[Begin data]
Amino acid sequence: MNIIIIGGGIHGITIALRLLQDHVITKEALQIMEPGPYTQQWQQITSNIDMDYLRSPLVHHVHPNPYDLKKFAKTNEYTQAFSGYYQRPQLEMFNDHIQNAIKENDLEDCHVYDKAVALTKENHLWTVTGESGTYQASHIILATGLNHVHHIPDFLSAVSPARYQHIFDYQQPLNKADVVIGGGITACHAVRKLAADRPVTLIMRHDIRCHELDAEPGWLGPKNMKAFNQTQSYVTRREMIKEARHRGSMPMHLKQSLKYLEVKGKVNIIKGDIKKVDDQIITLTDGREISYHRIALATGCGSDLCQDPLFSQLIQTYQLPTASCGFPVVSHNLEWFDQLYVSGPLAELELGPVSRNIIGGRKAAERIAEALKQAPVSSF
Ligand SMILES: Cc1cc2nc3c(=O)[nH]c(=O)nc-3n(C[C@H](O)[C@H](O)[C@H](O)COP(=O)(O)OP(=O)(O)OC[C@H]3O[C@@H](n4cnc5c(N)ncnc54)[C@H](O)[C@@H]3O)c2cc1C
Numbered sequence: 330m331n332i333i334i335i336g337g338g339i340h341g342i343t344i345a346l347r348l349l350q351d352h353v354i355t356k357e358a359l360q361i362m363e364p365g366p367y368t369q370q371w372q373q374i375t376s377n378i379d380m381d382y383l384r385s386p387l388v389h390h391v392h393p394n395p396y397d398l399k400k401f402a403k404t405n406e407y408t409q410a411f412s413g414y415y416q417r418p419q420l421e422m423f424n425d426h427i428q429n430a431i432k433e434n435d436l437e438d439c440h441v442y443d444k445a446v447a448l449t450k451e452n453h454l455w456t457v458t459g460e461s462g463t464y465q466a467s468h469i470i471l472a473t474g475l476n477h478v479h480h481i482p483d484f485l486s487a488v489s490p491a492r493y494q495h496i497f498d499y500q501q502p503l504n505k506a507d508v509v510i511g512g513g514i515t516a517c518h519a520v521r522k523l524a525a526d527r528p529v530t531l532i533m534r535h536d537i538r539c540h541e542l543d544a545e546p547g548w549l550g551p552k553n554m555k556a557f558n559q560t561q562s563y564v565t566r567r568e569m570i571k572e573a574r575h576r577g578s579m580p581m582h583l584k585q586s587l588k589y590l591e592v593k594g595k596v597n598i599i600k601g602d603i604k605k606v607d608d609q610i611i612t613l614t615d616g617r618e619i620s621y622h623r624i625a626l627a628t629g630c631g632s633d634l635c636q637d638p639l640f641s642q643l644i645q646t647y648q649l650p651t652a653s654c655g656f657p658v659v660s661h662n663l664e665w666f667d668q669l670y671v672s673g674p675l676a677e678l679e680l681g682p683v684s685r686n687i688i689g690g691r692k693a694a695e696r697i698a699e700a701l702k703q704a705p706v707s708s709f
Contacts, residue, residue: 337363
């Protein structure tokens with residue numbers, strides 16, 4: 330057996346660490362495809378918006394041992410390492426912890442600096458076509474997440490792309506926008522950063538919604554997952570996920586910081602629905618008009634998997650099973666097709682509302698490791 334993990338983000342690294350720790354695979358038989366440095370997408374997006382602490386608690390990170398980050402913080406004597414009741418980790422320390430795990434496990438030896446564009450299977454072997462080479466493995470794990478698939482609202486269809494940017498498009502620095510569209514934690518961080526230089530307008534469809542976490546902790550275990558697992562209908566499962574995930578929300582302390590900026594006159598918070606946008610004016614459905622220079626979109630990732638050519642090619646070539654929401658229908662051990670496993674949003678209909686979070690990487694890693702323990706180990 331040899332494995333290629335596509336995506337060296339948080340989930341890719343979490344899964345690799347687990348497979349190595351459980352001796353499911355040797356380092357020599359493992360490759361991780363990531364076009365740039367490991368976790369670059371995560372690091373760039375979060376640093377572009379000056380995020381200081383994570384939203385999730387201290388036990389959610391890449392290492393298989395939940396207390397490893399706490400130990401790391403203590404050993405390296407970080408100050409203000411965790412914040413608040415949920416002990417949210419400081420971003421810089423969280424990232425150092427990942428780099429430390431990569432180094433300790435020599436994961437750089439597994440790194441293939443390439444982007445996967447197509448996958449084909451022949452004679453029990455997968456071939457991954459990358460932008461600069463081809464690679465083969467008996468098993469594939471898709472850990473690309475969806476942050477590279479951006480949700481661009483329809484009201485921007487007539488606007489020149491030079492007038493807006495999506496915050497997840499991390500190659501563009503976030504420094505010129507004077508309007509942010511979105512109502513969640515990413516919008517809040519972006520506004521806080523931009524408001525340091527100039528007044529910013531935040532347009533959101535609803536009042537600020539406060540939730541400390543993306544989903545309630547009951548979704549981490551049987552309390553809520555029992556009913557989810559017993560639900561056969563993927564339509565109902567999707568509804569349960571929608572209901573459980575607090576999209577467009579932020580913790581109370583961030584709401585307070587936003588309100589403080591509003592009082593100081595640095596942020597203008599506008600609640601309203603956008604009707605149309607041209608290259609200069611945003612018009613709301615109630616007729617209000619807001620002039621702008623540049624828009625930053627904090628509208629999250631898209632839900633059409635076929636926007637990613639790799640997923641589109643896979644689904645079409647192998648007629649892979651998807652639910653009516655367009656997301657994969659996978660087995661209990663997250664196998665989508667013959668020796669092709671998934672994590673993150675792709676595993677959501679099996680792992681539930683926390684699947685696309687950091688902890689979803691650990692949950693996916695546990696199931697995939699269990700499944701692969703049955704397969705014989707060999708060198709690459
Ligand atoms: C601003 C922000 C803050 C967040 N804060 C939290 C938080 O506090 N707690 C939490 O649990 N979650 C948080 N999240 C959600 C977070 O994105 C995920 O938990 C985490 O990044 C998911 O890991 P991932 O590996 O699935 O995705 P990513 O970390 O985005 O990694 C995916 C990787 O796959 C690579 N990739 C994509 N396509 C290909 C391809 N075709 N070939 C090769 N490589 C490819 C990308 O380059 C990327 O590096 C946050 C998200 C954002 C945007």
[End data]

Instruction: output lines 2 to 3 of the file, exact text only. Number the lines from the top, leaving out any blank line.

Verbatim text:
Ligand SMILES: Cc1cc2nc3c(=O)[nH]c(=O)nc-3n(C[C@H](O)[C@H](O)[C@H](O)COP(=O)(O)OP(=O)(O)OC[C@H]3O[C@@H](n4cnc5c(N)ncnc54)[C@H](O)[C@@H]3O)c2cc1C
Numbered sequence: 330m331n332i333i334i335i336g337g338g339i340h341g342i343t344i345a346l347r348l349l350q351d352h353v354i355t356k357e358a359l360q361i362m363e364p365g366p367y368t369q370q371w372q373q374i375t376s377n378i379d380m381d382y383l384r385s386p387l388v389h390h391v392h393p394n395p396y397d398l399k400k401f402a403k404t405n406e407y408t409q410a411f412s413g414y415y416q417r418p419q420l421e422m423f424n425d426h427i428q429n430a431i432k433e434n435d436l437e438d439c440h441v442y443d444k445a446v447a448l449t450k451e452n453h454l455w456t457v458t459g460e461s462g463t464y465q466a467s468h469i470i471l472a473t474g475l476n477h478v479h480h481i482p483d484f485l486s487a488v489s490p491a492r493y494q495h496i497f498d499y500q501q502p503l504n505k506a507d508v509v510i511g512g513g514i515t516a517c518h519a520v521r522k523l524a525a526d527r528p529v530t531l532i533m534r535h536d537i538r539c540h541e542l543d544a545e546p547g548w549l550g551p552k553n554m555k556a557f558n559q560t561q562s563y564v565t566r567r568e569m570i571k572e573a574r575h576r577g578s579m580p581m582h583l584k585q586s587l588k589y590l591e592v593k594g595k596v597n598i599i600k601g602d603i604k605k606v607d608d609q610i611i612t613l614t615d616g617r618e619i620s621y622h623r624i625a626l627a628t629g630c631g632s633d634l635c636q637d638p639l640f641s642q643l644i645q646t647y648q649l650p651t652a653s654c655g656f657p658v659v660s661h662n663l664e665w666f667d668q669l670y671v672s673g674p675l676a677e678l679e680l681g682p683v684s685r686n687i688i689g690g691r692k693a694a695e696r697i698a699e700a701l702k703q704a705p706v707s708s709f